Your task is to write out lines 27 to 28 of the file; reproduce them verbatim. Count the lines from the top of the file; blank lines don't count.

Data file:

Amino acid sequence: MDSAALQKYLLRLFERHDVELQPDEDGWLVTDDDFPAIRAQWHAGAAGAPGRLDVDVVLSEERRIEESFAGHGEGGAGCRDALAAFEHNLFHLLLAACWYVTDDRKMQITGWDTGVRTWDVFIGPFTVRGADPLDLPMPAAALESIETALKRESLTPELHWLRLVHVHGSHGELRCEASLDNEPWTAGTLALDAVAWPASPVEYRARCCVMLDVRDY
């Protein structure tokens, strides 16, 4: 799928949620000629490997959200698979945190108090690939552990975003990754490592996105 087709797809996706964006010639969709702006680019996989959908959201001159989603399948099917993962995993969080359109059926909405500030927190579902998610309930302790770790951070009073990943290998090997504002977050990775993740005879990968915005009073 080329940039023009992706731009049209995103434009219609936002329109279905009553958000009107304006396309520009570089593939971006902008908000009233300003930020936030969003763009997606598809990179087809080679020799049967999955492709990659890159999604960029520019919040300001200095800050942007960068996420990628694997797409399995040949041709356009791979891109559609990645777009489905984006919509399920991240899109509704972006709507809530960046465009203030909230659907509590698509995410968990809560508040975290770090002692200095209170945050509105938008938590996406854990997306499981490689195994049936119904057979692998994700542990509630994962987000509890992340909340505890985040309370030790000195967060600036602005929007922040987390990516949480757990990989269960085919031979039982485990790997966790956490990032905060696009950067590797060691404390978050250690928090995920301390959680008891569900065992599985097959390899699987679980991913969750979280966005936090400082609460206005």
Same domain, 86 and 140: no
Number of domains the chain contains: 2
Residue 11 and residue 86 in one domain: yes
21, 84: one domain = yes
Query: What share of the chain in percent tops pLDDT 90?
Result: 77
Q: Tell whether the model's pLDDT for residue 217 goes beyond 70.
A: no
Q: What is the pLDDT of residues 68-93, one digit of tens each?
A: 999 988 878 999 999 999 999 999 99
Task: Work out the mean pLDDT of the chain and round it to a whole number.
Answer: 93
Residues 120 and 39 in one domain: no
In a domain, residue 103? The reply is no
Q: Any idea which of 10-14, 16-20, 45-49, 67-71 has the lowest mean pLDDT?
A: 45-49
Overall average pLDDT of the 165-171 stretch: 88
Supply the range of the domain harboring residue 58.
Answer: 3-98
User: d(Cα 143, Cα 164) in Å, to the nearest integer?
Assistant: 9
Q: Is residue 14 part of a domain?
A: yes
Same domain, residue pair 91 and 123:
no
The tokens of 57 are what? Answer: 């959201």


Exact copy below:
no
The tokens of 57 are what? Answer: 């959201």